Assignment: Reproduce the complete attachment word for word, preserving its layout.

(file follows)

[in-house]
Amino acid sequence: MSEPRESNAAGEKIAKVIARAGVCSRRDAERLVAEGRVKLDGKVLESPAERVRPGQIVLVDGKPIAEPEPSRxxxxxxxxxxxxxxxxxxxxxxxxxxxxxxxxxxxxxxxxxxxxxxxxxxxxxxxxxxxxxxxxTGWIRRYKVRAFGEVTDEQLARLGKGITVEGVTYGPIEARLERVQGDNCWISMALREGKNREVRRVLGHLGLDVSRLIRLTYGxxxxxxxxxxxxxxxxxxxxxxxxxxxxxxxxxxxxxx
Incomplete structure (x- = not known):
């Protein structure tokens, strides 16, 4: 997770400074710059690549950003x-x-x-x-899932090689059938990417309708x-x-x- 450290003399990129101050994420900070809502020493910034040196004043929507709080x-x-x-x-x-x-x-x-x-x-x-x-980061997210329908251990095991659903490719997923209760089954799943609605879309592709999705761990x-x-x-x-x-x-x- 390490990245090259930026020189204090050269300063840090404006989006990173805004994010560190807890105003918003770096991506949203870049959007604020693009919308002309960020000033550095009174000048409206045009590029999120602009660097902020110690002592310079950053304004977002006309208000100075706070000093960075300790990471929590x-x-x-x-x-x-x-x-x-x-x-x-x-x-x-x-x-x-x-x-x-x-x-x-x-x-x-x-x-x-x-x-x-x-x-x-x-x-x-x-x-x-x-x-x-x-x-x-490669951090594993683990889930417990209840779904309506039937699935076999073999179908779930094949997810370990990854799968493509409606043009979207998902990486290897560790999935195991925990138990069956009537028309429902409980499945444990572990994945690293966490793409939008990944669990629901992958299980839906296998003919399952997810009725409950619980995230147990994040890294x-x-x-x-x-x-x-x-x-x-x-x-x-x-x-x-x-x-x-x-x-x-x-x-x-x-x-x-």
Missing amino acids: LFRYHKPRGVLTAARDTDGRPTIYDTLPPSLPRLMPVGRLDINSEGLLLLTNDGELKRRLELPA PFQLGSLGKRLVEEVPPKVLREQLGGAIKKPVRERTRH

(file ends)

[in-house]
Amino acid sequence: MSEPRESNAAGEKIAKVIARAGVCSRRDAERLVAEGRVKLDGKVLESPAERVRPGQIVLVDGKPIAEPEPSRxxxxxxxxxxxxxxxxxxxxxxxxxxxxxxxxxxxxxxxxxxxxxxxxxxxxxxxxxxxxxxxxTGWIRRYKVRAFGEVTDEQLARLGKGITVEGVTYGPIEARLERVQGDNCWISMALREGKNREVRRVLGHLGLDVSRLIRLTYGxxxxxxxxxxxxxxxxxxxxxxxxxxxxxxxxxxxxxx
Incomplete structure (x- = not known):
């Protein structure tokens, strides 16, 4: 997770400074710059690549950003x-x-x-x-899932090689059938990417309708x-x-x- 450290003399990129101050994420900070809502020493910034040196004043929507709080x-x-x-x-x-x-x-x-x-x-x-x-980061997210329908251990095991659903490719997923209760089954799943609605879309592709999705761990x-x-x-x-x-x-x- 390490990245090259930026020189204090050269300063840090404006989006990173805004994010560190807890105003918003770096991506949203870049959007604020693009919308002309960020000033550095009174000048409206045009590029999120602009660097902020110690002592310079950053304004977002006309208000100075706070000093960075300790990471929590x-x-x-x-x-x-x-x-x-x-x-x-x-x-x-x-x-x-x-x-x-x-x-x-x-x-x-x-x-x-x-x-x-x-x-x-x-x-x-x-x-x-x-x-x-x-x-x-490669951090594993683990889930417990209840779904309506039937699935076999073999179908779930094949997810370990990854799968493509409606043009979207998902990486290897560790999935195991925990138990069956009537028309429902409980499945444990572990994945690293966490793409939008990944669990629901992958299980839906296998003919399952997810009725409950619980995230147990994040890294x-x-x-x-x-x-x-x-x-x-x-x-x-x-x-x-x-x-x-x-x-x-x-x-x-x-x-x-």
Missing amino acids: LFRYHKPRGVLTAARDTDGRPTIYDTLPPSLPRLMPVGRLDINSEGLLLLTNDGELKRRLELPA PFQLGSLGKRLVEEVPPKVLREQLGGAIKKPVRERTRH